Pritzker closes indoor dining throughout Illinois starting Nov. 4
All of Illinois will be under tighter restrictions starting Wednesday, with Gov. J.B. Pritzker imposing an indoor dining ban as his answer to the spread of COVID-19.
Restaurants throughout Illinois will be prohibited from letting customers eat inside starting Nov. 4, as Gov. J.B. Pritzker expands an indoor dining ban as his major response to COVID-19 infections.
“There were a lot of the factors that came into play, and we decided that instead of fighting it by opening illegally, we would fight it in the courts,” said K.C. Gulbro, co-owner of Foxfire steakhouse in Geneva, Illinois. “We believe in doing what’s right. What’s right is to take a stand and tell the governor he’s wrong.”
Gulbro won a Kane County judge’s order Oct. 26 to stay open while the case is heard. He is challenging Pritzker’s authority to keep issuing 30-day statewide emergency declarations, nine so far related to the pandemic.
Restaurant owners in Park Ridge also filed suit in Cook County. They, too, raised the issue of Pritzker’s emergency powers.
“We are remaining open because staff and ownership need to be able to earn a living and our customers need a place to go to have some normalcy in their lives,” read a statement from Shakou, a restaurant in Park Ridge that is part of the lawsuit.
One bar near Belleville, Illinois, is in federal court asking that state and county officials be halted from enforcing Pritzker’s order. H’s Bar owner Matthew Hamann stated in his suit filed Oct. 30 that without an injunction he would be forced into bankruptcy and have to sell the bar to creditors.
“This is America,” wrote his lawyer, Tom Maag. “It is not North Korea.”
The Illinois Restaurant Association has pointed out that restaurants are among the most highly regulated for sanitation, making them safer than other businesses Pritzker is allowing to operate. They are asking Pritzker to work with them on regulations rather than put at least 120,000 restaurant workers permanently out of a job.
When Pritzker was challenged to show his data on restaurants causing the virus to spread, the Illinois Department of Public Health responded with results from 17,939 positive cases. Of those, 2,300 reported being in a restaurant within the prior 14 days; Pritzker admitted the link was weak.
“Contact tracing data doesn’t tell you where somebody’s caught it. In fact, there’s no way really… to know where somebody’s contracted COVID-19,” he said.
Argie Karafotias, owner of Golden Brunch in Arlington Heights, Illinois, said he’s not sure he can survive another shutdown.
“You need to give the people the choice. If you believe your establishment is safe, give the people the choice to come in. If the people don’t like your establishment or think you don’t follow the rules, they can leave and never come back. Simple as that,” he said. “You have to give the businesses the choice to survive.”
The new restrictions likely mean more Illinois restaurants will close permanently. Estimates range from 5,000 to 21,700restaurants will not survive Pritzker’s COVID-19 restrictions.
“I was just thinking we could ink our way through to April when it’s warm again, but I guess I let myself start to believe too soon,” said Kristan Vaughan, whose family already gave up one and is trying to sell a second of their seven Irish pubs in the Chicago area. “I’m very disturbed the restaurant industry is being singled out. The evidence does not show we are the cause of the spread.”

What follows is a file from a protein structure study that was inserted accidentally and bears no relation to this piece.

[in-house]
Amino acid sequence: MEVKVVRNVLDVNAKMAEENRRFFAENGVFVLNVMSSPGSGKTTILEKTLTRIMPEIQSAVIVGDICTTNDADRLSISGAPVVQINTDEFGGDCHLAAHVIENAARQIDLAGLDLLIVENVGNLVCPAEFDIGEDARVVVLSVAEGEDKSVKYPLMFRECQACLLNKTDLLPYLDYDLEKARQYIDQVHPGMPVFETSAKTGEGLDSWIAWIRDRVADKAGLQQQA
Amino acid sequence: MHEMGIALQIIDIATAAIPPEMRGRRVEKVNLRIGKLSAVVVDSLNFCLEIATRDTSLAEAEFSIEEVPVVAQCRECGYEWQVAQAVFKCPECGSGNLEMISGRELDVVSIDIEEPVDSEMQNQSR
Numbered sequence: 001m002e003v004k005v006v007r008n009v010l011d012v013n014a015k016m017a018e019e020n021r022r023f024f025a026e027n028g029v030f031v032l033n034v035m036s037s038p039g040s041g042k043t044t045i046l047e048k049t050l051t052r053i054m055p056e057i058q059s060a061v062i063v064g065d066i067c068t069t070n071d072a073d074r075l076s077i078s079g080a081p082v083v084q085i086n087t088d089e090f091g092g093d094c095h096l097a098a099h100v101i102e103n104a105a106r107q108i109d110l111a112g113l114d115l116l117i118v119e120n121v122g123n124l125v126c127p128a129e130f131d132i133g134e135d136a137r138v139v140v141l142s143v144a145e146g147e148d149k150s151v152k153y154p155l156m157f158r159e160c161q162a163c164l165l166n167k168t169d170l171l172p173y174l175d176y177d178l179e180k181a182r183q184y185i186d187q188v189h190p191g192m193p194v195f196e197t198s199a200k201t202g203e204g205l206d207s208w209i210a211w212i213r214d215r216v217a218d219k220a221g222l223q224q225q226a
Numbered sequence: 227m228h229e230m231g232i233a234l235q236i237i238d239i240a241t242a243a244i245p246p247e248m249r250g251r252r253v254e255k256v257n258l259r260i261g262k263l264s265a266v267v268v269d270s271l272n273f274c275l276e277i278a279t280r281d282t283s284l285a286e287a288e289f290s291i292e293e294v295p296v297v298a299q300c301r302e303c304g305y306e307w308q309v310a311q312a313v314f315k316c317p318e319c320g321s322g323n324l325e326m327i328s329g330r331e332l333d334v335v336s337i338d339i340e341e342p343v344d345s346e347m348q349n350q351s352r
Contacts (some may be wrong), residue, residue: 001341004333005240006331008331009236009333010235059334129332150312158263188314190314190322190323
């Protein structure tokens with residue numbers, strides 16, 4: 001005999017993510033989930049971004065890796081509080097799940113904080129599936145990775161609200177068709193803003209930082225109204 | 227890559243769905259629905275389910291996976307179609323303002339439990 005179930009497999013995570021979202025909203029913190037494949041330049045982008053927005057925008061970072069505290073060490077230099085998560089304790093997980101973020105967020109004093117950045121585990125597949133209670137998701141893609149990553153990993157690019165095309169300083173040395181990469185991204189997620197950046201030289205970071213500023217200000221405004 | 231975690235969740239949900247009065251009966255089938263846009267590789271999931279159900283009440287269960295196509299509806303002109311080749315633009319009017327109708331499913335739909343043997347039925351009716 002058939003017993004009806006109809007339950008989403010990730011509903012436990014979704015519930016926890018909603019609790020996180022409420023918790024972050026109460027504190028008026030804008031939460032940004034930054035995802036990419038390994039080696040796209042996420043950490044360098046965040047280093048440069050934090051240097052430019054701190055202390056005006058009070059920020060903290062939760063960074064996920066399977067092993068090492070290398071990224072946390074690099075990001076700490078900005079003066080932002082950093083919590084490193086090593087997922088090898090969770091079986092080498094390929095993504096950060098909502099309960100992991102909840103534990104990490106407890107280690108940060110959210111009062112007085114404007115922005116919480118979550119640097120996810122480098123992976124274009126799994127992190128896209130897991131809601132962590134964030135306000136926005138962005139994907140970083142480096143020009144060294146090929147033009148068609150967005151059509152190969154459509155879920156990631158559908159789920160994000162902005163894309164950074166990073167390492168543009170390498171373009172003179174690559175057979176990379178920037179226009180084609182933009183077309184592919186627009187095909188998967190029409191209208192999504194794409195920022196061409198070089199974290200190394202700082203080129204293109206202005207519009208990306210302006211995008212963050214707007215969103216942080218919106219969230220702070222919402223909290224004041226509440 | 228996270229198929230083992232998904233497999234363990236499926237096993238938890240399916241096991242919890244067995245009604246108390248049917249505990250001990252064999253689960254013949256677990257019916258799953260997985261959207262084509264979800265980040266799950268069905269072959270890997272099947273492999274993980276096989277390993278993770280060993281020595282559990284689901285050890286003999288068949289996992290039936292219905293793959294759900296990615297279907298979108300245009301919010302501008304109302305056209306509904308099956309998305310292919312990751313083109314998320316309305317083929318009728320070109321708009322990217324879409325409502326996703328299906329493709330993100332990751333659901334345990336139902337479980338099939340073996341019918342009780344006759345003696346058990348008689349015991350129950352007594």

Region 2, which spans from the Quad Cities area to LaSalle and Kendall counties – and includes Peoria and Bloomington – is the final region in the state to face tighter COVID-19 restrictions. The region had a 9.7% seven-day test positivity rolling average as of Oct. 30, surpassing the 8% state threshold that triggers the heightened restrictions.
The tighter restrictions mean the entire state – all 11 regions – now faces a ban on indoor dining and bar service, as well as gathering limits of 25 people or 25% of room capacity – whichever is less. Restaurants and bars must also halt service by 11 p.m.
Prior to the order taking effect Oct. 30 in her city, Chicago Mayor Lori Lightfoot expressed concern on the economic fallout it would bring. “If the governor’s order goes into effect, it’s really effectively shutting down a significant portion of our economy, at a time when those same businesses are really hanging on by a thread,” Lightfoot told PBS Newshour Oct. 27.
She later backed off a call to keep Chicago’s restaurants open.
Judges in Cook, McHenry and DuPage counties all upheld Pritzker’s latest order in Oct. 30 rulings. Thirty-seven restaurants in McHenry County were requesting a temporary restraining order on Pritzker’s indoor dining ban. Similar requests were made and denied in DuPage and Cook County.
“I’m not sure what to tell these guys, there’s no end in sight,” Tony Antonacci, owner of Taco Melly and Pennyville Station in Park Ridge, told the Chicago Tribune. “I feel restaurants in general have lost trust in our government.”
Restaurants in Springfield – where tightened restrictions went into effect Nov. 1 – are also pushing back against the indoor dining ban. Twenty-two restaurant owners in Sangamon County are now seeking a similar request as in other counties.
The statewide indoor dining ban comes as Illinois’ small businesses face another threat: new taxes. On Nov. 3 voters are being asked to pass Pritzker’s “fair tax,” which would increase taxes by up to 47% on more than 100,000 small businesses.
Do COVID-19-ravaged businesses really need more taxes to contend with?